SCO Group Claims First Linux IP Licensee

SCO Group Monday said it has its first customer for its controversial Intellectual Property Compliance License for SCO UNIX Rights.

The Lindon, Utah-based company would not disclose who exactly plopped down the $699 per CPU for the one-time run-time license in binary form, but Blake Stowell, a spokesperson with SCO, told it was a Fortune 500 company that SCO is not currently involved in litigation with. SCO is currently suing IBM for violating its copyrights.

SCO said the buyer is remaining anonymous at this time based on confidentiality provisions of the agreement, but a license was purchased for each of the Linux servers running its business. Stowell said more may be revealed during SCO’s earnings report this Thursday.

“Whether or not SCO has a valid case, companies will check their tolerance for risk and that could have led them to make this business decision,” independent industry analyst Stacey Quandt told

Quandt said it is also unlikely that the SCO licensee will receive any criticisms based on its reluctance to come forward. “They may just be using Linux internally,” she said.

The mystery company may not even be directly related to Linux. Hewlett-Packard, Dell, Red Hat and SuSE all denied any involvement with SCO’s Linux license.

The news comes less than a week after the announcement of the SCO IP License for Linux program.

“We’ve had more than 300 companies in the first four business days of this program contact SCO to inquire about SCO’s Intellectual Property License for Linux,” Chris Sontag, senior vice president and general manager, SCOsource, SCO’s software licensing division said in a statement. “This Fortune 500 company recognizes the importance of paying for SCO’s intellectual property that is found in Linux and can now run Linux in their environment under a legitimate license from SCO. We anticipate this being the first of many licensees that will properly compensate SCO for our intellectual property. After having initiated the program last week, we are very pleased with the licensing interest to date.”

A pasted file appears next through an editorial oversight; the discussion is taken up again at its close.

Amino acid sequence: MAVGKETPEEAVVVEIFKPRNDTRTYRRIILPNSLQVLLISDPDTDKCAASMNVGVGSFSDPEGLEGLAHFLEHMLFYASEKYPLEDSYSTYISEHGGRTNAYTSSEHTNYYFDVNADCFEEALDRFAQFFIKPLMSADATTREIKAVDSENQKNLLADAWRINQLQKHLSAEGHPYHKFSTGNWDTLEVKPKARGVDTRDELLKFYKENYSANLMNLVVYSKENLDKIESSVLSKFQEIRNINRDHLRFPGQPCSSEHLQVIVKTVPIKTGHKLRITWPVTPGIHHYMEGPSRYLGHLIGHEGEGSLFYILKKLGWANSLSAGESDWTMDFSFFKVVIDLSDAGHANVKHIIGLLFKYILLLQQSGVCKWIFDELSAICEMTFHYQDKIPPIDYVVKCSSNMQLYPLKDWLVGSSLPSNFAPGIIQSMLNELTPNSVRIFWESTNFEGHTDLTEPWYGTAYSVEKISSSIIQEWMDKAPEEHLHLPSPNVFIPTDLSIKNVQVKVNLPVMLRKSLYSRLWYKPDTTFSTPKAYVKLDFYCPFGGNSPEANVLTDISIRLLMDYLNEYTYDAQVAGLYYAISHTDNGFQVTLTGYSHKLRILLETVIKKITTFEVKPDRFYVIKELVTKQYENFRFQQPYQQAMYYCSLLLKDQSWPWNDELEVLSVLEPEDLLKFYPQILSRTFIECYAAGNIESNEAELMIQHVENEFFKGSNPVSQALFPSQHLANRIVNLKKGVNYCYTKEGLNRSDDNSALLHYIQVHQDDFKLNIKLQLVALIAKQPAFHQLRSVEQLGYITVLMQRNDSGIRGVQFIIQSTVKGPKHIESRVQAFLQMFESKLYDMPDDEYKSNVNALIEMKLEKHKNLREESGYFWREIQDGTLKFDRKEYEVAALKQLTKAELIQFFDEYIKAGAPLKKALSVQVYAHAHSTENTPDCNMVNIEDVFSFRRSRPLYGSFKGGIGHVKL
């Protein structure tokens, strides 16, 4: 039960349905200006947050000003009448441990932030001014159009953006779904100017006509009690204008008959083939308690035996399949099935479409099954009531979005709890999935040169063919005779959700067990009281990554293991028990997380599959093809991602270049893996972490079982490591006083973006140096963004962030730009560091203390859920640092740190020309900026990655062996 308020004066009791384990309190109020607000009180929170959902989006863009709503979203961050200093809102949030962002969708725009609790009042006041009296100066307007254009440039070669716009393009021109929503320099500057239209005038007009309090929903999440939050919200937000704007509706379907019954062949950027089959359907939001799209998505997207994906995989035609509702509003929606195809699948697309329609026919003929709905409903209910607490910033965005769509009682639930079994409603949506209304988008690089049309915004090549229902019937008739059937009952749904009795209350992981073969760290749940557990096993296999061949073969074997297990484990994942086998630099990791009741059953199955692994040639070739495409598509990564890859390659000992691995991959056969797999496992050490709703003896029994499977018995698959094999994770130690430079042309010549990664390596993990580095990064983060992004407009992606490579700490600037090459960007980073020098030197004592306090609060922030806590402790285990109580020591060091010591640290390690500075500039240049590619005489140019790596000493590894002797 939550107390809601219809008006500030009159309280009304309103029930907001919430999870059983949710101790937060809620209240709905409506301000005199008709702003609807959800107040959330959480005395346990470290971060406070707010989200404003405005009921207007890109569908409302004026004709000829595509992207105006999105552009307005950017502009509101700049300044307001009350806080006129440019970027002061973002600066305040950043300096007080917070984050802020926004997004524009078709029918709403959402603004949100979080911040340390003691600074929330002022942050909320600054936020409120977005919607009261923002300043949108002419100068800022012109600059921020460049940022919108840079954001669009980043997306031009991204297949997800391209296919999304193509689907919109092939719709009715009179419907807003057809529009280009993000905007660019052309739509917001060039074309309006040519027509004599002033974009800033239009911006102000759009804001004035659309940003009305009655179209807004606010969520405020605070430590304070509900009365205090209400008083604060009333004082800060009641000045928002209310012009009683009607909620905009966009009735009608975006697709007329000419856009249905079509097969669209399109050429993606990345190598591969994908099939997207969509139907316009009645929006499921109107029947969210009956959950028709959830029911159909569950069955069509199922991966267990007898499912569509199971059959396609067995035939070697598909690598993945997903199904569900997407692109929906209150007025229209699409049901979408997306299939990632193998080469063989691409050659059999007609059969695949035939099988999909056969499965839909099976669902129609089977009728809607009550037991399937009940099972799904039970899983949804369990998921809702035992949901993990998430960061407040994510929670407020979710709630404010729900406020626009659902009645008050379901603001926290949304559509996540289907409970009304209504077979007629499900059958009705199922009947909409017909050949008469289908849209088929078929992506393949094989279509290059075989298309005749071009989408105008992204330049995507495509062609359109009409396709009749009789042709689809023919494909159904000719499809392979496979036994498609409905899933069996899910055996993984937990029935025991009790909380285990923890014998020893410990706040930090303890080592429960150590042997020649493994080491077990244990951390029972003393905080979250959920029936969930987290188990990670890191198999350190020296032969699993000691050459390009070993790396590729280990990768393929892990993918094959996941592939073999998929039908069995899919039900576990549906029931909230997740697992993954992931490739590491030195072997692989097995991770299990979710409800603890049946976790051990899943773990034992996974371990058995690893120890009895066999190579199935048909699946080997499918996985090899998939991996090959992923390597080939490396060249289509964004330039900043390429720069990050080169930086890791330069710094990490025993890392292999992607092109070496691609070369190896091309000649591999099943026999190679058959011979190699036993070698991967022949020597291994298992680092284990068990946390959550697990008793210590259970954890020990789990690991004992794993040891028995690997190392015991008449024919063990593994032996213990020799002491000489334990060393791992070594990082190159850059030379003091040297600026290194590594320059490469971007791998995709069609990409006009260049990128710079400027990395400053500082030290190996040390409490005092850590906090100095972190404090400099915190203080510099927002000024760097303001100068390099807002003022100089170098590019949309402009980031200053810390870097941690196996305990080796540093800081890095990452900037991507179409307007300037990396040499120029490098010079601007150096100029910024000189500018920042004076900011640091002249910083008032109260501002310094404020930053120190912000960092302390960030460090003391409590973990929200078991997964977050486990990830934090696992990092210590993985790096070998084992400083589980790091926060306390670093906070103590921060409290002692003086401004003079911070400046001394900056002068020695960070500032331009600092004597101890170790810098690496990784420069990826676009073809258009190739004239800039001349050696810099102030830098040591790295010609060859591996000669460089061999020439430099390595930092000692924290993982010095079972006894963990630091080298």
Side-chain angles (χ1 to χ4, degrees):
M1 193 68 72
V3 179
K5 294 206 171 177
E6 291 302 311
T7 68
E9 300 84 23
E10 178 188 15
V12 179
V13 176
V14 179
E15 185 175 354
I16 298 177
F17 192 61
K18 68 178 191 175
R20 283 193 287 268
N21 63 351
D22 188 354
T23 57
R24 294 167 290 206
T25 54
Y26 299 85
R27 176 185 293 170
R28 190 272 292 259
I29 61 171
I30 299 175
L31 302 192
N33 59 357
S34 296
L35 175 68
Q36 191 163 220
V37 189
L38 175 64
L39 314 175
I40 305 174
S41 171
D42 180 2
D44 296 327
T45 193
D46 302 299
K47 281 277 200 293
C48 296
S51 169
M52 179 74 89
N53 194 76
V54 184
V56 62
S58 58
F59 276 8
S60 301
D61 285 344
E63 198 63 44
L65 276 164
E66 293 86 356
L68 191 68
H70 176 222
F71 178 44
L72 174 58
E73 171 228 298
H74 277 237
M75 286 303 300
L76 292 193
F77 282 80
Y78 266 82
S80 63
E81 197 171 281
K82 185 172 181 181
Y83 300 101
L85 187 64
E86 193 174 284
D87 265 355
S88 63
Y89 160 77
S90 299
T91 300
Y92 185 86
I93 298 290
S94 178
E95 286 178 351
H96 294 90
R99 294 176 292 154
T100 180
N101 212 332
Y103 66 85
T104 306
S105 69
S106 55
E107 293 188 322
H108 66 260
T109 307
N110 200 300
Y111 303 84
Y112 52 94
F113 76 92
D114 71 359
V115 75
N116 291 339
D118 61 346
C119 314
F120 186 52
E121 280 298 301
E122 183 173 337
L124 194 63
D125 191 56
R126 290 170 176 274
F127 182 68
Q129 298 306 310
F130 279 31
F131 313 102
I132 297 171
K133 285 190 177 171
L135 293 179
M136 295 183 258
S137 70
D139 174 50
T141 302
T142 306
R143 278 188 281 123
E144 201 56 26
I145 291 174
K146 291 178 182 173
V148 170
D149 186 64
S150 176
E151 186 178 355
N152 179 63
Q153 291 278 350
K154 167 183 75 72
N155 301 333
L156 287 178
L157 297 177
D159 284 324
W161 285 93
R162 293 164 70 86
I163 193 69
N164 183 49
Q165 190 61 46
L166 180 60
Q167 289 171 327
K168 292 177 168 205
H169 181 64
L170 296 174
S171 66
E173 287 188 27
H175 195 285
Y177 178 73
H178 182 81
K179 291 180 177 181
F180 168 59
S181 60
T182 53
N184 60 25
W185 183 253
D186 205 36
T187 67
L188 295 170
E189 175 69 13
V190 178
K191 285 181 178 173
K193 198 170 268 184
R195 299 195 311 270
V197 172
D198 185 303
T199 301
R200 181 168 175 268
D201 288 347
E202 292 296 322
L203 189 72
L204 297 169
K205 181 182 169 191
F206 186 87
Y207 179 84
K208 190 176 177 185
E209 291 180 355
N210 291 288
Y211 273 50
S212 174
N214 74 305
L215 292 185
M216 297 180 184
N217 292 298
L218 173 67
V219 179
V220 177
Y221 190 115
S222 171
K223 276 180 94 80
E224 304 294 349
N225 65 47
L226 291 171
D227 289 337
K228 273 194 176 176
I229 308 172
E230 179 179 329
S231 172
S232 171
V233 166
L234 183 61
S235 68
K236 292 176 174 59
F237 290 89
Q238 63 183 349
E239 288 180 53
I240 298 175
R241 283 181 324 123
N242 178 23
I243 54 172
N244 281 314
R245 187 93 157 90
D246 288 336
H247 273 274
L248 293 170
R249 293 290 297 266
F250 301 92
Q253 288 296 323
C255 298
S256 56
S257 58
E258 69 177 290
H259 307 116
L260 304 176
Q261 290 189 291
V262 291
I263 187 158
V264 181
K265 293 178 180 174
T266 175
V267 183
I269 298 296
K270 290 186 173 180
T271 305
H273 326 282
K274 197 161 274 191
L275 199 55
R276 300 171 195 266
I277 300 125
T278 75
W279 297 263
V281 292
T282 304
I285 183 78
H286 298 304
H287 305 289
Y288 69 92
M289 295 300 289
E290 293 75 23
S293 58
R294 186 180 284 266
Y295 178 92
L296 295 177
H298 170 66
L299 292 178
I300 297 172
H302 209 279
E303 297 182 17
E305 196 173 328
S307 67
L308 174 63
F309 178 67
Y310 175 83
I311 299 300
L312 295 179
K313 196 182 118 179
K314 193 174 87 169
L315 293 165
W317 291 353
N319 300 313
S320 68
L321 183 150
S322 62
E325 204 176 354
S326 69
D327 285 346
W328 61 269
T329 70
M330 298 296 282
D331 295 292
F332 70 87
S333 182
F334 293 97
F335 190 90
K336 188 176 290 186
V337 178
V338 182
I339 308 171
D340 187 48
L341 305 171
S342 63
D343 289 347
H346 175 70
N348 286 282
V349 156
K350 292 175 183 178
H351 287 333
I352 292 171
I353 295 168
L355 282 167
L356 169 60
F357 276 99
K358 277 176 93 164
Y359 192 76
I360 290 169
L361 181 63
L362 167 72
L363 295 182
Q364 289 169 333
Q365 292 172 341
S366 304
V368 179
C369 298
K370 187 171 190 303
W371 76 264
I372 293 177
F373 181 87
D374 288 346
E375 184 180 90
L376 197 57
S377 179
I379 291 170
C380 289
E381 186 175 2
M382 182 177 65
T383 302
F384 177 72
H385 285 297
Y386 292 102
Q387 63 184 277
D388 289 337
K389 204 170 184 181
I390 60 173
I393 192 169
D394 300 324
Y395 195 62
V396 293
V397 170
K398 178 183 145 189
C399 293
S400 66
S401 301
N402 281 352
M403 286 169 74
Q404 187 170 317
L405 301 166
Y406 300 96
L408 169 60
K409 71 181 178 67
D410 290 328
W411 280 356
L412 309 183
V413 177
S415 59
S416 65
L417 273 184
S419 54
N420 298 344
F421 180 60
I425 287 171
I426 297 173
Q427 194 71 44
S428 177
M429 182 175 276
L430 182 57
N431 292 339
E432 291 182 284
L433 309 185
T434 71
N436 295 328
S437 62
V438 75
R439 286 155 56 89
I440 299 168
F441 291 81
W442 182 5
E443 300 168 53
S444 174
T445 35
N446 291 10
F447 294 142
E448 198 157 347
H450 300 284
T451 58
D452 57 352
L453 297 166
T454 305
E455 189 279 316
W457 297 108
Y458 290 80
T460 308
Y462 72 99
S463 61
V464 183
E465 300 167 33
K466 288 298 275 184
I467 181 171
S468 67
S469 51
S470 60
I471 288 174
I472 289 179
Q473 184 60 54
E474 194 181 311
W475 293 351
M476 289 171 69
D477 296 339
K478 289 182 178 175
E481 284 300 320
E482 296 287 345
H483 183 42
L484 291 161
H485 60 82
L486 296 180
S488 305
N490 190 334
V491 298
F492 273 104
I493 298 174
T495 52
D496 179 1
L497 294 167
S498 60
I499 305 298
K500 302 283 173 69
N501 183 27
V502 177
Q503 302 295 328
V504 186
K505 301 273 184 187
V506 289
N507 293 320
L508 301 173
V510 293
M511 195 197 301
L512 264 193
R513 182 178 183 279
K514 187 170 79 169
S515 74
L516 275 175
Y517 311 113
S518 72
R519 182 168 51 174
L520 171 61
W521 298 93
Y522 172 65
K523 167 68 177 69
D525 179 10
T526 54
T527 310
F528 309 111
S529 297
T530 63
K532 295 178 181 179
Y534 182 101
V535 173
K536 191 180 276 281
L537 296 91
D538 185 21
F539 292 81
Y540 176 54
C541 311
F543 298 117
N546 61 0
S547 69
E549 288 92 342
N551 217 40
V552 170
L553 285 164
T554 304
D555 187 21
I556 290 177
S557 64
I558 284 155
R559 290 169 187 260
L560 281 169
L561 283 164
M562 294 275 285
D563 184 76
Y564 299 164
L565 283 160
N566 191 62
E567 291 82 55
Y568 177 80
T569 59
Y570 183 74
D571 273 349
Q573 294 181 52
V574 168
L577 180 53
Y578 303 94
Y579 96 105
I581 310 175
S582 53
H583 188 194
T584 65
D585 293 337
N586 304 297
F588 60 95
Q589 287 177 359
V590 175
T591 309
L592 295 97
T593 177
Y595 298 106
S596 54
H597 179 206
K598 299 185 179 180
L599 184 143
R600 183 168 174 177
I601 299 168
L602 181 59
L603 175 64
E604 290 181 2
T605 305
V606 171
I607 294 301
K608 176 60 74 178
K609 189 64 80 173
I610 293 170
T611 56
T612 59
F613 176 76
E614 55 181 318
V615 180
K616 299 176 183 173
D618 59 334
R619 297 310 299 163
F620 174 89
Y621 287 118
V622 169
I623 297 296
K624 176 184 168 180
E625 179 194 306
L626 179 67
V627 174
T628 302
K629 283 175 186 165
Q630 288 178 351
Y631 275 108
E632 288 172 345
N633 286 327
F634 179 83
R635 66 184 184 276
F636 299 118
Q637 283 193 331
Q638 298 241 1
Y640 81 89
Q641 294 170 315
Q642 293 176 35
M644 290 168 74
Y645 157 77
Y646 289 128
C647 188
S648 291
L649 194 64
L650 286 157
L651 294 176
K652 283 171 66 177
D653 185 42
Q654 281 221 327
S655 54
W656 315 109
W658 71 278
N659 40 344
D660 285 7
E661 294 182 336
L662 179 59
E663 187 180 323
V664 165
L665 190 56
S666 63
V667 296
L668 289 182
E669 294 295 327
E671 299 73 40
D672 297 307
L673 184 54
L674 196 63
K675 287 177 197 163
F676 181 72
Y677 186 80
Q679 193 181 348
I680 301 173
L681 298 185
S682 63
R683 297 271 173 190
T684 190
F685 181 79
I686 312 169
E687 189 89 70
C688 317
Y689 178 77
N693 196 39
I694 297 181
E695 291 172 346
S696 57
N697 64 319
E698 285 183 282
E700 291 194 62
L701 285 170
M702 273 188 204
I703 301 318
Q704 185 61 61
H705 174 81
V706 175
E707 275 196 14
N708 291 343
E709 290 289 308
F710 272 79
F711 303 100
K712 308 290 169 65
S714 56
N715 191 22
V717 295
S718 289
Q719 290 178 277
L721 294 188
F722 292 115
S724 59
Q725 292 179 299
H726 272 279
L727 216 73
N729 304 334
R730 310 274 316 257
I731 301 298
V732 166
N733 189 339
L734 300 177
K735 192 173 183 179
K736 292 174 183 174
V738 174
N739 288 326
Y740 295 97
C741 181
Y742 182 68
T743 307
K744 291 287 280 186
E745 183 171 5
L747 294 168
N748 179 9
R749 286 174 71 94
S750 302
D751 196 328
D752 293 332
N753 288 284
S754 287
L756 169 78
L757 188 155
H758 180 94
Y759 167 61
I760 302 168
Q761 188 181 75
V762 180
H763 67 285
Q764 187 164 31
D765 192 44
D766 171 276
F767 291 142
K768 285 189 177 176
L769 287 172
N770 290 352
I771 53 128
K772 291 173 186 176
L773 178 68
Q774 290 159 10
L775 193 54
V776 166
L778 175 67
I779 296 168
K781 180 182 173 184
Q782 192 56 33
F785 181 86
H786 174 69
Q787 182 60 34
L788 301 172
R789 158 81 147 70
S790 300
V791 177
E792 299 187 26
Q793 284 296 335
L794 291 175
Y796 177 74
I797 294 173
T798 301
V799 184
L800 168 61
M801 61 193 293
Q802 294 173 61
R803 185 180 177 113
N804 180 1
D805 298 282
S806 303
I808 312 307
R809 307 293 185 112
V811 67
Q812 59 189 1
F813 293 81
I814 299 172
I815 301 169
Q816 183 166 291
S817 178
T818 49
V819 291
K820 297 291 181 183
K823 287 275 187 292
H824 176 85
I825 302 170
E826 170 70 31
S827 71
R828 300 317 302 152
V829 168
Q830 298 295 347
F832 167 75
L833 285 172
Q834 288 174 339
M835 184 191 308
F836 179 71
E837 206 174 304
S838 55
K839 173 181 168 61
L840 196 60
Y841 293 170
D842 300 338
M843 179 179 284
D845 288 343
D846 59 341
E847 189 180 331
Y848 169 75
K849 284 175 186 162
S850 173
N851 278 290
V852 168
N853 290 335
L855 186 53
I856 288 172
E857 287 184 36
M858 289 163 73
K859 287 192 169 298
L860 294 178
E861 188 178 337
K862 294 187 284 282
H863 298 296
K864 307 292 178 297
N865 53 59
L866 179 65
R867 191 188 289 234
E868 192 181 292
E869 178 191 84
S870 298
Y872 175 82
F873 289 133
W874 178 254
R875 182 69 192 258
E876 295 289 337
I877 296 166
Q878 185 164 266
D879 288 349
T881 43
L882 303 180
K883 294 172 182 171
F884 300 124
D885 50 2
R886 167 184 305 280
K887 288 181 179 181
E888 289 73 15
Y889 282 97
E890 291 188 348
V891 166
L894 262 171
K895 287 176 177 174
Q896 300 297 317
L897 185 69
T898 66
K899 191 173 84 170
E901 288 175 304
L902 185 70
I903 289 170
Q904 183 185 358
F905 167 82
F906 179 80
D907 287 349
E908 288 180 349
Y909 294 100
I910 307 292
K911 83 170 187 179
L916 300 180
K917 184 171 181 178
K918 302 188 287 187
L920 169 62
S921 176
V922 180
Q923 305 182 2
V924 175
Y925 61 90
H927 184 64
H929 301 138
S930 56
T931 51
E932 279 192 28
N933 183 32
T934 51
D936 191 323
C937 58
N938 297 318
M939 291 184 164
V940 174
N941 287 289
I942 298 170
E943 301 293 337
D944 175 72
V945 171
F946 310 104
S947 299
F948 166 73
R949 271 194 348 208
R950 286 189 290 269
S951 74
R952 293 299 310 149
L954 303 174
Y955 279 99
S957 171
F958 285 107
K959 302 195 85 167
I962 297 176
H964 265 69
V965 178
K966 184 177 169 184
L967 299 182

However, Deutsche Bank Securities analyst Brian Skiba, who visited with SCO last week and took a look at its evidence of copying from the UnixWare kernel into Linux, pointed out that many of those calls likely did not come from companies interested in buying a license.

“Some of those companies probably were leaving colorful messages that were not necessarily that they wanted to engage in a license,” Skiba told “[SCO] even told me that probably a third of those customers were calling to basically complain.”

SCO executives claim Linux is essentially software piracy, and it is ready to open a new revenue stream by giving Linux users immunity to copyright violations through licensing. The company bases its claims on files.

The company has been making friends, and enemies, in the world of computer operating systems. The company, which develops operating systems and network management software for PCs and servers, owns the copyrights to the UNIX operating system and is claiming that the UNIX-derived Linux OS contains source code of unlicensed UNIX System V code and UNIX System V derivative code in the Linux 2.4 and 2.5 kernels, which were illegally copied from UNIX.

Microsoft and Sun Microsystems have already paid for a UNIX license from SCO Group this year.

SCO’s crusade against Linux began with IBM. On March 6, the company sent a letter to IBM Chairman and CEO Sam Palmisano, warning him that IBM had allegedly breached its contract with SCO by contributing portions of its Unix-based AIX code to the open source movement, and by introducing concepts from Project Monterey, a joint effort by SCO and IBM to develop a 64-bit Unix-based operating system for Intel-based processing platforms, into Linux. IBM scrapped Project Monterey in May 2001.

Editor’s note: Senior editor Thor Olavsrud contributed to this report.

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